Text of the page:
When everyone talks about Houston's "sound," the focus is almost exclusively on our contributions to the world of rap. I'm not knocking that or anything. I'm as proud of the Dirty South as I can be, but there are other sounds that seem to fly under the radar.
PopeNQM is a great example of the second wave of electronica that I like to call H-Two Electric. (Not to be confused with the aggressive noise scene we're also very underrated for.) Around the turn of the millennium, the city's electronica sound was internationally known for its big gothic suckerpunch until Tonezone Records failed and most of the musicians moved onto other things. Now we're seeing a new, more minimalist noise revolution hallmarked by ethereal dreams. BLSHS, Bang Bangz and Frank Ortiz are good examples, and PopeNQM's Ioep is a worth addition to the Houston synth pantheon.
The five-song EP tends towards the dystopic and sad rather than the more melancholy stuff you typically hear from those other groups. Destruction plays a big part in the lyrical themes of songs like "Texas Burned" and "Halo"; the latter especially, which comes out like the Book of Revelation if God had dictated it to a Korg instead of John of Patmos. Burning steel from the skies makes for a wicked counterpart to PopeNQM's surrealistic beats.
That's not to say there are not happy moments, though sinisterly gleeful would probably be more accurate. "Night in Our Noses," for instance, has a lovely Placebo vibe that is screaming to be used in some seedy club scene in a movie. It's probably my favorite selection from Ioep. The music is gloriously meticulous and repetitive like an old glam rock remix, grand and flat. It's also where PopeNQM really drops the mike hard, showing he has both crooning skills and an almost hip-hop delivery that has a slightly messianic quality. Or it would if it wasn't a tribute to being blasted out of your mind on the dance floor.
The only real knock against the EP is that it is rather, well, unfinished. I'm a champion of records made in your bedroom that sound exactly like a record you made in your bedroom. I've done it myself on several occasions, but Ioep feels a little too insular sometimes. Some albums grow in the studio like it's a womb, but others stay trapped there like in a cage. It's really only until Ioep finishes off "Halo" that PopeNQM fully realizes his vision. There's a more experimentation, more voices, just more. Truth be told it's not all that epic a song, but after the previous four it's like a damned Sisters of Mercy tune.
PopeNQM has all the makings of a big wheel in one of our excellent but still sadly under-recognized music scenes. Ioep is a very solid entry for those of us who enjoy good, weird beeps and boops to accompany a bad mood. It's so decadently mood-altering.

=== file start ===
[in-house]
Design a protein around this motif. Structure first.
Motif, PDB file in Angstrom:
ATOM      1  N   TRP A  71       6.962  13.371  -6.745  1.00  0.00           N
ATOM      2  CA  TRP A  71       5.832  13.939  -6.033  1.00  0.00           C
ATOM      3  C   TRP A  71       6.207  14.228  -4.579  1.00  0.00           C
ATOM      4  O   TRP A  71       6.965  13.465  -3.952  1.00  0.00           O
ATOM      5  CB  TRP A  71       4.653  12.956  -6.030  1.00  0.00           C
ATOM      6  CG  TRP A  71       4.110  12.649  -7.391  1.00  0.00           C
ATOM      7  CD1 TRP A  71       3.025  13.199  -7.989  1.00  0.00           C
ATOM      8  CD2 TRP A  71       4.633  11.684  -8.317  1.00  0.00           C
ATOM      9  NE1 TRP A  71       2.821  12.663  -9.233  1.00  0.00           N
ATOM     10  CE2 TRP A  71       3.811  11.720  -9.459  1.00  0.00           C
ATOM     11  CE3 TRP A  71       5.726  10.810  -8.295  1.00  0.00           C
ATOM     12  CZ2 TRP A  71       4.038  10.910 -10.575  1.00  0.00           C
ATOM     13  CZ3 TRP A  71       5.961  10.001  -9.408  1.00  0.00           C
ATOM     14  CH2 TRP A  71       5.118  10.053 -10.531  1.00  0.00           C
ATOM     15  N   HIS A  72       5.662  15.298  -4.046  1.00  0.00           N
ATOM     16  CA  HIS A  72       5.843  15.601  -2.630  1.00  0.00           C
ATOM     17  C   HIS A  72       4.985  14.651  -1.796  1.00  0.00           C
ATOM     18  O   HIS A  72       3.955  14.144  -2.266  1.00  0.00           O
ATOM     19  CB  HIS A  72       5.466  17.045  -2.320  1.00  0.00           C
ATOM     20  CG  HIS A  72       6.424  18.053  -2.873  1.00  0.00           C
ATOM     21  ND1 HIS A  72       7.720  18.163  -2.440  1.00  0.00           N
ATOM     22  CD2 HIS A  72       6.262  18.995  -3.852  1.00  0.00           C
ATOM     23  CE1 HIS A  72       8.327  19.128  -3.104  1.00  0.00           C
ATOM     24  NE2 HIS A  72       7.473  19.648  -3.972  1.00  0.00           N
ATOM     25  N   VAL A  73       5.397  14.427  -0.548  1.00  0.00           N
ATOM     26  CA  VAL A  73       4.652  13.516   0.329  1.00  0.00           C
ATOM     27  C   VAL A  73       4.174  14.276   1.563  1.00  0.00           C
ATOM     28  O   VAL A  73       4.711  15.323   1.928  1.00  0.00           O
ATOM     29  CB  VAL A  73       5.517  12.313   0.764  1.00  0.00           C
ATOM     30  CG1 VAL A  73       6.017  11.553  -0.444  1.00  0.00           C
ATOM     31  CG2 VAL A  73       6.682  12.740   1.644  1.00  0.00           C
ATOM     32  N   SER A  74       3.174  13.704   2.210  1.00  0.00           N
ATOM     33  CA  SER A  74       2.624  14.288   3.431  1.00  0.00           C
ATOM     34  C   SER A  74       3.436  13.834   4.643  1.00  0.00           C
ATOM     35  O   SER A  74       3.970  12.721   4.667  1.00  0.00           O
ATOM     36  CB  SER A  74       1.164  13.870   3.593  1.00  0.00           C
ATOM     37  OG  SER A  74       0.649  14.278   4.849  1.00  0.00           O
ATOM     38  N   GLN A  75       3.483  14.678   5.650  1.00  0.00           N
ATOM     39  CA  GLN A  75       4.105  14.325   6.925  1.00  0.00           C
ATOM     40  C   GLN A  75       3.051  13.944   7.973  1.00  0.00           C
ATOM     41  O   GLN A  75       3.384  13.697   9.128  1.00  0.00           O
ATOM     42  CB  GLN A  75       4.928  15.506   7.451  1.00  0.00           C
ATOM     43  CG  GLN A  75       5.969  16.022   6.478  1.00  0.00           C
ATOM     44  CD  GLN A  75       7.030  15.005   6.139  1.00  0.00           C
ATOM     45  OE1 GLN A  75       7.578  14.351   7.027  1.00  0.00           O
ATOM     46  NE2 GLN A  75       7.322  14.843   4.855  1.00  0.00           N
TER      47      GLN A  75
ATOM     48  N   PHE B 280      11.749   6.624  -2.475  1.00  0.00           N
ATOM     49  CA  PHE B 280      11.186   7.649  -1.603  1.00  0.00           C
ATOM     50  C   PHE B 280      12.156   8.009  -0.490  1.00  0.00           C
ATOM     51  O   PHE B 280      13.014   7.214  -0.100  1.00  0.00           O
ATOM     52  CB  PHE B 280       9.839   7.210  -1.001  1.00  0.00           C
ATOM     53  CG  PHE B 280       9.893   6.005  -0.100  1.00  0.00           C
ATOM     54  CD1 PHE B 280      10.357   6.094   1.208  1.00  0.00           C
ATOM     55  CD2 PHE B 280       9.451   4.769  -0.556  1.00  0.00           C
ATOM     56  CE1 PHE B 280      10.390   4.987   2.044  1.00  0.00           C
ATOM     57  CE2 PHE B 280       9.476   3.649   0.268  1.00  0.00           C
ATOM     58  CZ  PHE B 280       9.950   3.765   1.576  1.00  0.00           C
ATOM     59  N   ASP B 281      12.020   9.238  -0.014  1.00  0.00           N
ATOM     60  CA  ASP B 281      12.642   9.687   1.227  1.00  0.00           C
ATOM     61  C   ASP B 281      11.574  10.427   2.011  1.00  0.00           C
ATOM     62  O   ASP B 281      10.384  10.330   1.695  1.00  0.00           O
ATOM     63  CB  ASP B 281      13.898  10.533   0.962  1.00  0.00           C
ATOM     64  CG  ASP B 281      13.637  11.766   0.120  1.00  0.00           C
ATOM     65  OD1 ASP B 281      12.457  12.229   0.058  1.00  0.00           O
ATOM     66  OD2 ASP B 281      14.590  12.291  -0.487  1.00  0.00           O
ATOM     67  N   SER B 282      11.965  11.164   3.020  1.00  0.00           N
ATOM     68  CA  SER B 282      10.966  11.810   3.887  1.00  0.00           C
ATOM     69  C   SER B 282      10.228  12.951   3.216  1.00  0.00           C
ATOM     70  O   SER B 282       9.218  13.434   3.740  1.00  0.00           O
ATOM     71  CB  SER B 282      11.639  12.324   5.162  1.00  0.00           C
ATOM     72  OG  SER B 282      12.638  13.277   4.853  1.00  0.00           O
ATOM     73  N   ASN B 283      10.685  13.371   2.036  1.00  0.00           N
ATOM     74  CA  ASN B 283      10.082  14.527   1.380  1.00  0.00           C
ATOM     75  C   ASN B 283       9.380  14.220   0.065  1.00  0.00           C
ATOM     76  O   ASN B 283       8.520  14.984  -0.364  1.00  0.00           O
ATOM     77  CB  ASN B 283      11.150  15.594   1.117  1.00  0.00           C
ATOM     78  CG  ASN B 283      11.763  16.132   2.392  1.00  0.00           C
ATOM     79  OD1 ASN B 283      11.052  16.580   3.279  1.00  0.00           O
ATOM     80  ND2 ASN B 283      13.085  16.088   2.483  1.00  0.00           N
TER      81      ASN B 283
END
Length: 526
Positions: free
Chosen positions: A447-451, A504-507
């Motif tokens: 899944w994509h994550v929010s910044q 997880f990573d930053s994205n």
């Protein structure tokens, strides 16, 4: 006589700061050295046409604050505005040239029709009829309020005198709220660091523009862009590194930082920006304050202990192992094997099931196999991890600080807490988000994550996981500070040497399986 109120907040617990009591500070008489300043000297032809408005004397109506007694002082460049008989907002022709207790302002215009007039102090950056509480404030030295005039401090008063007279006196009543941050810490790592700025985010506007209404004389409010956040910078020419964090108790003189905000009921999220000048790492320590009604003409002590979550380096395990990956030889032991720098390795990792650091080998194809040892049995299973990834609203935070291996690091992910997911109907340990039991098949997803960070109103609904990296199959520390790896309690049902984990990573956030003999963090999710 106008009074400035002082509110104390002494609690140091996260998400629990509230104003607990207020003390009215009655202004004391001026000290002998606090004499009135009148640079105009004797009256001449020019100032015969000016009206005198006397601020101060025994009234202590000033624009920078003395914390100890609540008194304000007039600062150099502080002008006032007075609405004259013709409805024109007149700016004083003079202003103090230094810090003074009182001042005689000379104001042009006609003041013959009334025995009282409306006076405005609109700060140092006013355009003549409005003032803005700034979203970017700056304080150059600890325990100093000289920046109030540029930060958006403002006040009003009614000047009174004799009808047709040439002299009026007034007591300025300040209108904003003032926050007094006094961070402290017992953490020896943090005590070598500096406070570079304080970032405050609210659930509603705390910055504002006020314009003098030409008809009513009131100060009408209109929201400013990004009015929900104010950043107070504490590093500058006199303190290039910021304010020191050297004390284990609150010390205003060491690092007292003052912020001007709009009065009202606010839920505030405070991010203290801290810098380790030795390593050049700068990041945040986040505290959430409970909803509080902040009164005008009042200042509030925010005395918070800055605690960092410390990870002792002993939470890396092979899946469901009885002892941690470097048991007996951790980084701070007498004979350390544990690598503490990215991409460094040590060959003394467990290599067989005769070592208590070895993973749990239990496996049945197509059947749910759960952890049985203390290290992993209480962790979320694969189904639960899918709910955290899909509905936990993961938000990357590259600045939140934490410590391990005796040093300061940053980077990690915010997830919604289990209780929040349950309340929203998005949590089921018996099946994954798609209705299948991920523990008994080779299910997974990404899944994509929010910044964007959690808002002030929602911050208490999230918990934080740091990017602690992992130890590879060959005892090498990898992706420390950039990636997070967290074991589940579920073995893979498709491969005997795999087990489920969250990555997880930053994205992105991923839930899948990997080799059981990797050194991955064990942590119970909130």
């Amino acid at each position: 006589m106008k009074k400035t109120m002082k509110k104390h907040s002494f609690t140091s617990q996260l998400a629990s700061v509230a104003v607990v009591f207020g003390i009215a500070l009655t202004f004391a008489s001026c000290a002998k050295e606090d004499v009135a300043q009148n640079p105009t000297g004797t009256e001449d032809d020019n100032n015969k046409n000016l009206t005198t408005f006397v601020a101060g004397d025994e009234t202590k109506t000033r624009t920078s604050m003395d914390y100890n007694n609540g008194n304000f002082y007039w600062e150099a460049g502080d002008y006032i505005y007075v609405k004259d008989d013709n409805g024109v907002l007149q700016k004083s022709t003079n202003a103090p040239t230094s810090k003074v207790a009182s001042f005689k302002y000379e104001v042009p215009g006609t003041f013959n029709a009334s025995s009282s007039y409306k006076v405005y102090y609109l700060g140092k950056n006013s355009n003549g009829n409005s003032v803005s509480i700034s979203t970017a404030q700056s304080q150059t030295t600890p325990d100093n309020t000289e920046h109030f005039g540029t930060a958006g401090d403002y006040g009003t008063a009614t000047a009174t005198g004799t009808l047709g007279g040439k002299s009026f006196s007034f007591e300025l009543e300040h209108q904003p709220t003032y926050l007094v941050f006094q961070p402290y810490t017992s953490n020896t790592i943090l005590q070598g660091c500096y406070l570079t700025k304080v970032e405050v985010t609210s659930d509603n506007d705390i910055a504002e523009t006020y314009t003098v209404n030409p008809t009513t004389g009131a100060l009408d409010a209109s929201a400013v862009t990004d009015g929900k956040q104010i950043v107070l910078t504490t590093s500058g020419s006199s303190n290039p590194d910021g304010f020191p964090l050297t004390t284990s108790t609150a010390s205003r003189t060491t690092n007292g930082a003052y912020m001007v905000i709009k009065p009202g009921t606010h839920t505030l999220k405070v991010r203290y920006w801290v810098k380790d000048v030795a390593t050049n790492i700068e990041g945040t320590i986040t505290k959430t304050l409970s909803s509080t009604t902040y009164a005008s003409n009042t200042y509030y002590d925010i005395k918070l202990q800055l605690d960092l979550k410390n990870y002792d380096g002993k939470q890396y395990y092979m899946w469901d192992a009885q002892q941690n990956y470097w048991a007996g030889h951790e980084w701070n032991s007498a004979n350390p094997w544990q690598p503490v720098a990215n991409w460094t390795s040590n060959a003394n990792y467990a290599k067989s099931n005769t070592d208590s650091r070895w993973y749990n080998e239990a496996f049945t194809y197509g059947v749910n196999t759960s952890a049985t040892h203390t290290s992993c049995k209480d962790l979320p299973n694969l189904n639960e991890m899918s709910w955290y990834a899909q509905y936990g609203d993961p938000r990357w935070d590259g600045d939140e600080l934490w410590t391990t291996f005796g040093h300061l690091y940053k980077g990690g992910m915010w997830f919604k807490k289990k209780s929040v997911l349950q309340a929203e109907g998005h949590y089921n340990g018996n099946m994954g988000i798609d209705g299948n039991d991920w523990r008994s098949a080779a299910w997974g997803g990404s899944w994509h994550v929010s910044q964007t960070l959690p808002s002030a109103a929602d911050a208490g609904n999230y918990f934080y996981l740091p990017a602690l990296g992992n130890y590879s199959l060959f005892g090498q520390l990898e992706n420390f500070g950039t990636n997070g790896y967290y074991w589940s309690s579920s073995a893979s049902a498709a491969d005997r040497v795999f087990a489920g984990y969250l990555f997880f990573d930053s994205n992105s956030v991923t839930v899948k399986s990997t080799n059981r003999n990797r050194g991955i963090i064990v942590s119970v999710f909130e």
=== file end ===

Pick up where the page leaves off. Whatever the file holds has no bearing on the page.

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A side story from the author: PopeNQM told me that he'd been having trouble uploading the album and asked if we could meet up and he could hand me a physical copy. Normally I hate this sort of thing since it involves going outside and interacting with Meat World, but I agreed because I already had an appointment in Montrose picking up pet medication.
I ended up meeting Pope at the Black Hole coffee shop, and it was weird as hell, I have to tell you. That cute little shop was once the shitty convenience store where my future wife and I would stock up on candy, cigarettes and screwtop wine before settling in to watch Twin Peaks on VHS. It was right across the street from her apartment, except that those apartments on Graustark are gone too, replaced with more of those upscale complexes where the rent dwarfs the down payment on my car.
Pope and I shared a sad little grin and a laugh about the changing face of Montrose. Hollywood is gone and Lucky Burger is surrounded by chain-link fences. Hell, even the Numbers parking lot has been repaved and looks new. Everywhere you turn houses and quadlplexes increasingly look like infected sores next to their gleaming, pretentious titan neighbors. Driving home I sadly thought, "I bet no one here has to choose between paying for drugs or paying for art supplies anymore."
Montrose used to be where you went to get your tattoos and the clothes you'd get sent home from school for wearing. Now your offerings become more and more organic and whole and exclusive, not to mention that dressing up is no fun anymore when the young choose to rebel by turning into boring neo-cons who oppose feminism and masturbate with their genitals between the pages of Atlas Shrugged. Legally I should say not to actually try that, but frankly I don't give a damn if you cut your junk.
I'm not opposed to gentrification when it benefits the people who live there, but that's not what happened to Montrose. All that's going on is the elimination is one of the few places where it could be cool to be poor. You could have nothing but the time of your life living down that way, and considering how much our state hates anything that smells even slightly of poverty -- or God forbid someone trying to make art full-time when they should be paying for business school working a counter as if that's actually still a thing -- such places are like eliminated habitats. You can still be weird in Montrose, but more and more it's become impossible to be weird and broke.
It was nice to descend down there and get a strange electronica record on CD from a questionable weirdo off the back streets. It felt like the old days when Montrose could shelter the people who would starve for art. Those days are numbered, though.
Ioep is available now through popenqm.bandcamp.com.
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